3 FDA Advisory Panel Members Resign Over Agency’s Approval of Alzheimer's Drug From Biogen
Three members of an independent panel that advised the U.S. Food and Drug Administration (FDA) on nervous system drugs had turned in their resignation after the agency approved medication for Alzheimer's disease.
Reuters reported that the resignation of the three members served as a protest against the agency's decision to approve Biogen's Alzheimer's disease product Aduhelm (aducanumab) despite the committee's recommendation not to approve the medication.
The FDA granted accelerated approval of the Alzheimer's drug based on the medicine's effect on a surrogate endpoint that is likely to predict a clinical benefit to patients, with a required post-approval trial to verify that it provides the expected clinical benefit.
FDA Advisory Panel Members Resigns Over the Approval of Alzheimer's Drug From Biogen
Professor Aaron Kesselheim of Harvard Medical School, Dr. Joel Perlmutter of Washington University, and Dr. David Knopman of Mayo Clinic were the three members of the FDA's advisory committee who resigned this week.
"This might be the worst approval decision that the FDA has made that I can remember," said Dr. Kesselheim as reported by The New York Times.
Kesselheim argued that the approval of the Alzheimer's drug was wrong because "there is no good evidence that the drug works."
The 11-member committee report found that the Alzheimer's drug did not show evidence that it has the ability to slow down cognitive decline in people who are experiencing the early stages of the disease.
Furthermore, the advisory panel also discovered that the drug might cause serious side effects such as brain swelling and brain bleeding.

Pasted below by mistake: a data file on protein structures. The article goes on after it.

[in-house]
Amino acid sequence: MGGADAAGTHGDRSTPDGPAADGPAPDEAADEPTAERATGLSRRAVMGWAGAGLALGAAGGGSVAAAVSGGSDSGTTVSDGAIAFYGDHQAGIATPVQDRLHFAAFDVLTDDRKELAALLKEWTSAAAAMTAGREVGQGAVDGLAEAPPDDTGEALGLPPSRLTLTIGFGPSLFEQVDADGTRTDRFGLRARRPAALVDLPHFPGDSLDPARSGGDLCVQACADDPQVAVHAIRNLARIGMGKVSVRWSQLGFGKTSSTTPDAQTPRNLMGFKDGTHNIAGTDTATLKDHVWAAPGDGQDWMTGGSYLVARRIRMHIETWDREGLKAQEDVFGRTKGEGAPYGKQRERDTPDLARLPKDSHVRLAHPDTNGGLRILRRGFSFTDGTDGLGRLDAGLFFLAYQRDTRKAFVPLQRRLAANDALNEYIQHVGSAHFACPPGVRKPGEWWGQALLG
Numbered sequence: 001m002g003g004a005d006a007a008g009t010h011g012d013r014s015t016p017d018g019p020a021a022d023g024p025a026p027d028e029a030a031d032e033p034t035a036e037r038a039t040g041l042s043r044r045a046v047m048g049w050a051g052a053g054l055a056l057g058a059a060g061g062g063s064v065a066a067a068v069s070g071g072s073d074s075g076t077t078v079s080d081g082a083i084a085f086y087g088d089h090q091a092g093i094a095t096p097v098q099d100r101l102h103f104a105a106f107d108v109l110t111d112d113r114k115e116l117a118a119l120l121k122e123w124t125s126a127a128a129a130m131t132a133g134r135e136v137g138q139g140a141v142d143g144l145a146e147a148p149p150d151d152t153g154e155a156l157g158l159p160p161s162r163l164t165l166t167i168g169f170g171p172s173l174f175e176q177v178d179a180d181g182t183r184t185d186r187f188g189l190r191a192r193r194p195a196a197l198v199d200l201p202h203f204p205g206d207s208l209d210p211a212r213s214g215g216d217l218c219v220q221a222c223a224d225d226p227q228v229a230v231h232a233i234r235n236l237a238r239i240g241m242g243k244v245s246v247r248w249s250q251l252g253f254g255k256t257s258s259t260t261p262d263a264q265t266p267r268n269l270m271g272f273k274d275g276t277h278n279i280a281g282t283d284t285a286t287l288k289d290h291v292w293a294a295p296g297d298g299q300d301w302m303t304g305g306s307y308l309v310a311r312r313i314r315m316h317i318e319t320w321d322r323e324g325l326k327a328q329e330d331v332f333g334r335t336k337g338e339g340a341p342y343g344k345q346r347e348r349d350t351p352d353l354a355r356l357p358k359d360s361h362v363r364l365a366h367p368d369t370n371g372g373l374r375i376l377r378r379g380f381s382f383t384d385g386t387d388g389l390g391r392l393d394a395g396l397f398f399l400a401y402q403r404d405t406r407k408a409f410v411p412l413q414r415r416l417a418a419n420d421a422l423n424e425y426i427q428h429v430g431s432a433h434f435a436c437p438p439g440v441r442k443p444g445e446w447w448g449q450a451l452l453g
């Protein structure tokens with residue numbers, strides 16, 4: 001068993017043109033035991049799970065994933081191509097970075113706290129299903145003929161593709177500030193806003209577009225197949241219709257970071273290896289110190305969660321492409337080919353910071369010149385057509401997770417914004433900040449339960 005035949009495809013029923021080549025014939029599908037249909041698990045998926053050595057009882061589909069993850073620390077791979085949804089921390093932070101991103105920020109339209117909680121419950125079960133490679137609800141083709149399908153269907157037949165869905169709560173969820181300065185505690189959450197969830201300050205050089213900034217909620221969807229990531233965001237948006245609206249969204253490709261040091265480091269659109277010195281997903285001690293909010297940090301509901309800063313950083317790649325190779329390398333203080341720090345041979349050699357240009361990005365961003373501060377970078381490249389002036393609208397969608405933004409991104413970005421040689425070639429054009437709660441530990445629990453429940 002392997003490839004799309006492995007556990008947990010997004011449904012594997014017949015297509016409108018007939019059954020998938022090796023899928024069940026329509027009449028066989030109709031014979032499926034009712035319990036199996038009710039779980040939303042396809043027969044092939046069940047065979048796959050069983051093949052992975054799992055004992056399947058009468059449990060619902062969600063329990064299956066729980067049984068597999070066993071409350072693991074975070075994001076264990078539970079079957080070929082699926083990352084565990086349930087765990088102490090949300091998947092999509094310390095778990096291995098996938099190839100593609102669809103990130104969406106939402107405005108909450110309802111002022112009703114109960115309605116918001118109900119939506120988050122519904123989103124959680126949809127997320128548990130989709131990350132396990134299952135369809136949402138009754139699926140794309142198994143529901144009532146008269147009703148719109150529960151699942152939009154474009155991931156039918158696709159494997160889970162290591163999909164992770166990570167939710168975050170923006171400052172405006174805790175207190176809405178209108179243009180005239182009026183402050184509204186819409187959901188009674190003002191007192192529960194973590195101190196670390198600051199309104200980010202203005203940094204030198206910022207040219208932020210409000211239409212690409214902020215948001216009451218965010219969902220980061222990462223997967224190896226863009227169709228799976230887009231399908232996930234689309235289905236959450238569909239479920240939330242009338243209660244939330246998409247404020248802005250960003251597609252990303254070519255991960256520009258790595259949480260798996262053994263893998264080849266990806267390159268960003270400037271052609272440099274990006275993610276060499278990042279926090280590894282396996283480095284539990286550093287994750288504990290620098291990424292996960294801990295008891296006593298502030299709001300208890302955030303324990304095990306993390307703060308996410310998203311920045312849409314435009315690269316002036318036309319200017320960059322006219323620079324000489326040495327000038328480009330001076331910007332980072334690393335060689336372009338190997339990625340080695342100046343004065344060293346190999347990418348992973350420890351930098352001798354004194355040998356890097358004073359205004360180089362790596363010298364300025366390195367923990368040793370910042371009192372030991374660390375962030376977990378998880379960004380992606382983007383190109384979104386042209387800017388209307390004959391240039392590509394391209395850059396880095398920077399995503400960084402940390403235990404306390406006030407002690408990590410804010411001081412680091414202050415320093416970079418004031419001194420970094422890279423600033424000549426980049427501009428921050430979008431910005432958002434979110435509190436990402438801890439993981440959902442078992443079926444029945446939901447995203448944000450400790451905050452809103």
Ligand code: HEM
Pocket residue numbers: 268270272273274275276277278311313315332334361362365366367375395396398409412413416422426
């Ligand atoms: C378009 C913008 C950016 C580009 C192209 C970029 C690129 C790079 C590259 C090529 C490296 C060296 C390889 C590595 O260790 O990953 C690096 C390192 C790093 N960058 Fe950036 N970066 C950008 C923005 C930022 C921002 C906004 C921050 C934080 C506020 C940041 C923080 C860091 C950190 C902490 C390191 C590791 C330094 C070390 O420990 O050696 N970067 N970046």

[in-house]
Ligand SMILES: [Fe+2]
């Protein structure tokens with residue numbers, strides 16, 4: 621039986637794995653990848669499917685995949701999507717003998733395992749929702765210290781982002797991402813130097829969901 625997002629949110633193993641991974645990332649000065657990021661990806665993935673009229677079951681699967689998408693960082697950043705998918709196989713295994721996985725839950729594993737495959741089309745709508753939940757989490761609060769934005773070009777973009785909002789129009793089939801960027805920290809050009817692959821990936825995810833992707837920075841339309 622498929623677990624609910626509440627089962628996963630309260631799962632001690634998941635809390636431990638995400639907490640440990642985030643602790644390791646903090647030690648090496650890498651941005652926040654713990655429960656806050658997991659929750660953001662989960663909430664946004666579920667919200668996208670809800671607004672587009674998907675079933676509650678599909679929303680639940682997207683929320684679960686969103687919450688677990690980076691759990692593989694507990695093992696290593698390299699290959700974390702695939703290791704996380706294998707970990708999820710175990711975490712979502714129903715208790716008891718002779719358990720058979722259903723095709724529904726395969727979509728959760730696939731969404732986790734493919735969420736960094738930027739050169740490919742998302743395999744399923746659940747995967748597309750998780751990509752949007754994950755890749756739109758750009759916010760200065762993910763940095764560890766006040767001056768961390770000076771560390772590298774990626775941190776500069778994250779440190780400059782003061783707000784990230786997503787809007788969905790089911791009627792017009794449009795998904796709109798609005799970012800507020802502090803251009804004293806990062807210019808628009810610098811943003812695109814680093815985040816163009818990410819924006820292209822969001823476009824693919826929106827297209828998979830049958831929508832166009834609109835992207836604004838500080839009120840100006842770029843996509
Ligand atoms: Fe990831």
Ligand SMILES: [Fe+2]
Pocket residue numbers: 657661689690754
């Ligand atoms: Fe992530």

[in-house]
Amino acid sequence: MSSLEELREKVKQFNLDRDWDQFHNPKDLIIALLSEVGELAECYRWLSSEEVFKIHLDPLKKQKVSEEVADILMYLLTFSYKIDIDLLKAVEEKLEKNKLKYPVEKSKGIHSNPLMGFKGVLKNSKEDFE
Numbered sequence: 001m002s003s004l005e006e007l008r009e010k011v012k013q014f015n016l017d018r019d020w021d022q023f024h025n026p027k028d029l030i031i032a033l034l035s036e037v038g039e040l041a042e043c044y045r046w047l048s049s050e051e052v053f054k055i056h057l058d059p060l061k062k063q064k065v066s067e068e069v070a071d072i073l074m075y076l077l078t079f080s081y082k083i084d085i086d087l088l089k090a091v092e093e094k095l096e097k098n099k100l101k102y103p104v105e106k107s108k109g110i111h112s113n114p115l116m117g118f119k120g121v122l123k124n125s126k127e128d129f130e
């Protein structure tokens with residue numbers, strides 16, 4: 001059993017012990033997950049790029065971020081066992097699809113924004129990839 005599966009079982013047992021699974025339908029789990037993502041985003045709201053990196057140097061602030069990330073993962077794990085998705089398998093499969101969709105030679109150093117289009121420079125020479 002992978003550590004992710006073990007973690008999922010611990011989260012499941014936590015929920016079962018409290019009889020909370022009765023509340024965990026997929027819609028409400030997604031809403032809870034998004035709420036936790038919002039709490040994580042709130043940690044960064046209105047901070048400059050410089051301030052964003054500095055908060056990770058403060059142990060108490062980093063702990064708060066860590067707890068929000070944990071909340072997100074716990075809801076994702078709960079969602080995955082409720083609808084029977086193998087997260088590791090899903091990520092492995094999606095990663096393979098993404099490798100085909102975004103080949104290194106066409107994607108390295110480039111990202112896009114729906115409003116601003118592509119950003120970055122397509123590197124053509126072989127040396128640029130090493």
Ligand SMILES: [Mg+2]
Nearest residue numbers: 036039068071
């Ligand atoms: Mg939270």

"My rationale was that the FDA needs to re-evaluate how it solicits and uses the advisory committees," said Kesselheim, who served on FDA's advisory panel on nervous system drugs since 2015.
Kesselheim added that the panel's recommendations were not integrated into the FDA's decision-making in approving the Alzheimer's drug.
Meanwhile, Perlmutter argued that the drug's approval would endanger "future research into new treatments that may be effective."
Perlmutter further noted that the therapy using the Alzheimer's drug aducanumab would cost billions. Perlmutter said the money could be better spent in developing better evidence for the medication or other "therapeutic interventions."
FDA on the Claims of the Advisory Panel Members
Despite the claims and opposition of the panel members to the approval of the Alzheimer's drug, FDA did not issue an official statement regarding the matter.
Shannon Hatch, a spokeswoman for FDA, told The New York Times that the agency does not comment on matters related to individual members of the advisory panel.
Biogen, the Alzheimer's disease drug aducanumab developer, plans to begin shipping the drug in two weeks in more than 900 sites across the country. FDA noted that the drug is the first new treatment for Alzheimer's since 2003.
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